|President Nixon calls it a "monstrous,
consuming outrage;" Time Magazine, "a living nightmare;" Governor
Reagan of California terms it "a cancer eating at our vitals." It's a monster
which affects the lives of 13½ million Americans, costs more than $14 billion
a year and gets bigger and costlier every day. And it's the subject of
my first newsletter on the big issues before Congress in 1971.
I'm talking, of course, about a national scandal
called welfare. In 1970 I worked and voted for the House-passed
version of President Nixon's Family Assistance Plan to reform the existing
welfare system. Our bill died from "coronary filibusteritis" in the Senate
at Christmas-time -- along with much other legislation -- and thus we must
start over again.
You might think no country would long tolerate
a system for dealing with a major national problem if it had even one glaring
defect. Welfare has at least three shortcomings which defy all logic and
First, all of our big cities are overcrowded,
near bankruptcy, and jobs for the unskilled are scarce. Yet the welfare
system, like a huge magnet, draws millions of poorly-trained, poorly educated
people off the farms and out of the rural areas of our country and into
the already crowded cities. There many of them, whether they want it or
not, end up on welfare. Compounding the crush, we have not one welfare
system, but 50 -- a different set of rules for each state.
Thus a deserted mother of three living in Mississippi,
where farm jobs have been mechanized, will receive $840 a year if she tries
to keep her family together at home among her relatives and friends. But
if she can get to Tucson with her children, she will receive $2,004. And
if she had gone to Newark she would have received $4,164.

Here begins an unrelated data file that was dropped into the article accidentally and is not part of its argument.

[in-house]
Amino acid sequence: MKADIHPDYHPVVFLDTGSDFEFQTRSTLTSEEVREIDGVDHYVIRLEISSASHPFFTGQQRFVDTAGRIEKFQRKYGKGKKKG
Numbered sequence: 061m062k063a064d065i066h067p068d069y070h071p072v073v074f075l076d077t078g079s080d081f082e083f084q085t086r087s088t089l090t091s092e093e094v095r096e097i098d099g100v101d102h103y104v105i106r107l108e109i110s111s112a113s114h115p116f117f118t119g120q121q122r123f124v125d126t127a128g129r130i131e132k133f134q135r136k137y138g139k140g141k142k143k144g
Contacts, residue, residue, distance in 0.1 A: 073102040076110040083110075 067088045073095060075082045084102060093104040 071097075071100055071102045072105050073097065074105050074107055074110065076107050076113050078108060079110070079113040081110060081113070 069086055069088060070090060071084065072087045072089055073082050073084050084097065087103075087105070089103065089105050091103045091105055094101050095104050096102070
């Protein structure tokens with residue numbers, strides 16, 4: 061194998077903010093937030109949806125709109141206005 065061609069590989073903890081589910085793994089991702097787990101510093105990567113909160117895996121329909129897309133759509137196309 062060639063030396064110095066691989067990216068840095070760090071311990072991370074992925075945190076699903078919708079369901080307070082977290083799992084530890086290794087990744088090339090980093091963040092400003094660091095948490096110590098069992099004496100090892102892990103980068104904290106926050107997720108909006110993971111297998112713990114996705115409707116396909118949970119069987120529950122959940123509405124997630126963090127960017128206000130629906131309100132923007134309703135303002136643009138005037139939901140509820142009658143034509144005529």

Second, as welfare developed it incorporated a
basic evil principle which often forces an unemployed, or underemployed,
to abandon his family so that his children may eat. And that includes millions
of men who willingly work, but don't earn enough to feed their families.
How can anyone defend a system designed to drive families apart?
Third, welfare's stated goal has always been to
provide temporary help until a family could get back on its feet. But in
practice welfare rules usually penalize
|those who try to work themselves off
welfare. Suppose our Mississippi mother goes to Newark and gets $4,160
a year in welfare. But she hates welfare and wanting to get off, let's
suppose, finds a $4,800 a year waitress job. But here comes the rub: transportation,
uniforms and day care for the children come to $1,200 a year. Thus if she
takes the job she may become ineligible for any welfare, though
she's worse off by $500. The senseless result: she may become a permanent
rider of the welfare rolls. Common sense would suggest that we encourage
her to take the $4,800 job and let her keep perhaps $1,500 of the welfare
check. The taxpayers are ahead by $2,600, she's ahead, and eventually she
may get off the rolls entirely. But common sense isn't so common in the
Since its piecemeal creation in the dark days
of the Great Depression of the 1930's, the welfare system's chaotic features
have been damned on all sides: the taxpayers who are burdened but support
it, social agency workers who administer it in frustration, and the poor
who must depend on it, often in mounting anger.
So it might be easy, one would think, to junk
a system which outrages Ronald Reagan (who sees it bringing ever higher
taxes and giving benefits to shiftless people who won't work) and John
Lindsay (who sees an evil system bankrupting his city, breaking up families,
demeaning the poor, and inflicting suffering on hopeless children).
It ought to be easy -- but unfortunately it isn't.
Sadly I must report the 1971 outlook for passage of any meaningful welfare
reform is only fair. In this report we will discuss what the Family Assistance
Plan (FAP) is and what it isn't, its cost, and some reasons why passage
may be difficult.
The three main roadblocks to passage are these:
||Some liberals who agree that the present
system is a mess, but say that FAP doesn't go far enough, and that its
support levels are ridiculously low. They are linked in a strange alliance
||Some conservatives who think that FAP
is "something for nothing" and amounts to a